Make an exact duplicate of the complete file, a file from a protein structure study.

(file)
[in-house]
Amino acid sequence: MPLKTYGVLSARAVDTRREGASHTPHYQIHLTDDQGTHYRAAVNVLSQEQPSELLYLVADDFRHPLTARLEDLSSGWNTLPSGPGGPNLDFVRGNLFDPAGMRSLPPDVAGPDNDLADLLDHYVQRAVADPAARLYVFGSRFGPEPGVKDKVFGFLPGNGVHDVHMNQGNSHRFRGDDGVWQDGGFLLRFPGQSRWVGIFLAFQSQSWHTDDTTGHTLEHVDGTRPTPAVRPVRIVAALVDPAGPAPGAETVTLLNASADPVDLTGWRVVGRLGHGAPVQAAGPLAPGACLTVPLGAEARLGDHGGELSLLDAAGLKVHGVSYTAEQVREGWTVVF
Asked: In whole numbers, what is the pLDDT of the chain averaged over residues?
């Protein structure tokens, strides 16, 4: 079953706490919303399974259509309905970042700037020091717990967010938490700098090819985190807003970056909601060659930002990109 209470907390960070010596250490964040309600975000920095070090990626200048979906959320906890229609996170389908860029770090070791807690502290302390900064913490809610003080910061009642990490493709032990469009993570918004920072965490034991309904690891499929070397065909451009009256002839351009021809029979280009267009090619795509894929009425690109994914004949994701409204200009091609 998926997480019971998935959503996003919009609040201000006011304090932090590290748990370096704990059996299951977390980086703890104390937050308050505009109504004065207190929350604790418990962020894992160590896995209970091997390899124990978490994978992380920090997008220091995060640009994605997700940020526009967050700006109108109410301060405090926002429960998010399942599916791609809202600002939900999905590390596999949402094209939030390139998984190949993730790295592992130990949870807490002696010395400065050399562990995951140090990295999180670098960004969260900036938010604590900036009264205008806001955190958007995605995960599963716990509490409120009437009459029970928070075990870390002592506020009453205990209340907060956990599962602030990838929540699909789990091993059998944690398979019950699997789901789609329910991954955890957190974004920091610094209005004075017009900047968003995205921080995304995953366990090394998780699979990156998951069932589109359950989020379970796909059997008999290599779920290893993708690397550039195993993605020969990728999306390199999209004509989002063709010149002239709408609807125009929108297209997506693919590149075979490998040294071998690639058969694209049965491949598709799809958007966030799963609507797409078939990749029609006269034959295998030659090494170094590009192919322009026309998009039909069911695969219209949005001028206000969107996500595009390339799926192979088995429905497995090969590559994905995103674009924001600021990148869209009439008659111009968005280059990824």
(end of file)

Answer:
[in-house]
Amino acid sequence: MPLKTYGVLSARAVDTRREGASHTPHYQIHLTDDQGTHYRAAVNVLSQEQPSELLYLVADDFRHPLTARLEDLSSGWNTLPSGPGGPNLDFVRGNLFDPAGMRSLPPDVAGPDNDLADLLDHYVQRAVADPAARLYVFGSRFGPEPGVKDKVFGFLPGNGVHDVHMNQGNSHRFRGDDGVWQDGGFLLRFPGQSRWVGIFLAFQSQSWHTDDTTGHTLEHVDGTRPTPAVRPVRIVAALVDPAGPAPGAETVTLLNASADPVDLTGWRVVGRLGHGAPVQAAGPLAPGACLTVPLGAEARLGDHGGELSLLDAAGLKVHGVSYTAEQVREGWTVVF
Asked: In whole numbers, what is the pLDDT of the chain averaged over residues?
């Protein structure tokens, strides 16, 4: 079953706490919303399974259509309905970042700037020091717990967010938490700098090819985190807003970056909601060659930002990109 209470907390960070010596250490964040309600975000920095070090990626200048979906959320906890229609996170389908860029770090070791807690502290302390900064913490809610003080910061009642990490493709032990469009993570918004920072965490034991309904690891499929070397065909451009009256002839351009021809029979280009267009090619795509894929009425690109994914004949994701409204200009091609 998926997480019971998935959503996003919009609040201000006011304090932090590290748990370096704990059996299951977390980086703890104390937050308050505009109504004065207190929350604790418990962020894992160590896995209970091997390899124990978490994978992380920090997008220091995060640009994605997700940020526009967050700006109108109410301060405090926002429960998010399942599916791609809202600002939900999905590390596999949402094209939030390139998984190949993730790295592992130990949870807490002696010395400065050399562990995951140090990295999180670098960004969260900036938010604590900036009264205008806001955190958007995605995960599963716990509490409120009437009459029970928070075990870390002592506020009453205990209340907060956990599962602030990838929540699909789990091993059998944690398979019950699997789901789609329910991954955890957190974004920091610094209005004075017009900047968003995205921080995304995953366990090394998780699979990156998951069932589109359950989020379970796909059997008999290599779920290893993708690397550039195993993605020969990728999306390199999209004509989002063709010149002239709408609807125009929108297209997506693919590149075979490998040294071998690639058969694209049965491949598709799809958007966030799963609507797409078939990749029609006269034959295998030659090494170094590009192919322009026309998009039909069911695969219209949005001028206000969107996500595009390339799926192979088995429905497995090969590559994905995103674009924001600021990148869209009439008659111009968005280059990824």